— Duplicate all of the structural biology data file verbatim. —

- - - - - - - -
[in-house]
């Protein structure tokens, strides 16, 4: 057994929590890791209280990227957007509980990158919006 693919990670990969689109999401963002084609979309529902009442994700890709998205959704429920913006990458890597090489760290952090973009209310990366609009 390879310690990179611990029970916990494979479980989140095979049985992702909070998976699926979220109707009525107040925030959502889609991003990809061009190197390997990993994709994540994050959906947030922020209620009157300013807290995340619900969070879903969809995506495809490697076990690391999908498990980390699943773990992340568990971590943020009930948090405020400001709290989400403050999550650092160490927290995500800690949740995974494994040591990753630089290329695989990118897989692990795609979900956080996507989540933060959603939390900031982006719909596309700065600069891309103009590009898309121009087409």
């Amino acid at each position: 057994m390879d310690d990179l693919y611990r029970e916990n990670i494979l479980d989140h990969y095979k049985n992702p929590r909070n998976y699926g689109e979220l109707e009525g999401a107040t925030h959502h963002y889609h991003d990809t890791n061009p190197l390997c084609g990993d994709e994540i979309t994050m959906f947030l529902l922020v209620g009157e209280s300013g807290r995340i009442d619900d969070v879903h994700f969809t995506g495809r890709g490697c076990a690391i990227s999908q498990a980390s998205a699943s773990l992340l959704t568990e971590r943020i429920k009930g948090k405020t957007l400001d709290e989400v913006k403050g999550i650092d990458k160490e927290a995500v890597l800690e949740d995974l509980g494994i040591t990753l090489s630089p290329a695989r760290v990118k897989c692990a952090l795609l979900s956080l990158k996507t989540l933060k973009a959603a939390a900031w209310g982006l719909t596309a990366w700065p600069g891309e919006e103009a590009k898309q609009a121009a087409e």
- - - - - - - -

[in-house]
């Protein structure tokens, strides 16, 4: 057994929590890791209280990227957007509980990158919006 693919990670990969689109999401963002084609979309529902009442994700890709998205959704429920913006990458890597090489760290952090973009209310990366609009 390879310690990179611990029970916990494979479980989140095979049985992702909070998976699926979220109707009525107040925030959502889609991003990809061009190197390997990993994709994540994050959906947030922020209620009157300013807290995340619900969070879903969809995506495809490697076990690391999908498990980390699943773990992340568990971590943020009930948090405020400001709290989400403050999550650092160490927290995500800690949740995974494994040591990753630089290329695989990118897989692990795609979900956080996507989540933060959603939390900031982006719909596309700065600069891309103009590009898309121009087409």
């Amino acid at each position: 057994m390879d310690d990179l693919y611990r029970e916990n990670i494979l479980d989140h990969y095979k049985n992702p929590r909070n998976y699926g689109e979220l109707e009525g999401a107040t925030h959502h963002y889609h991003d990809t890791n061009p190197l390997c084609g990993d994709e994540i979309t994050m959906f947030l529902l922020v209620g009157e209280s300013g807290r995340i009442d619900d969070v879903h994700f969809t995506g495809r890709g490697c076990a690391i990227s999908q498990a980390s998205a699943s773990l992340l959704t568990e971590r943020i429920k009930g948090k405020t957007l400001d709290e989400v913006k403050g999550i650092d990458k160490e927290a995500v890597l800690e949740d995974l509980g494994i040591t990753l090489s630089p290329a695989r760290v990118k897989c692990a952090l795609l979900s956080l990158k996507t989540l933060k973009a959603a939390a900031w209310g982006l719909t596309a990366w700065p600069g891309e919006e103009a590009k898309q609009a121009a087409e």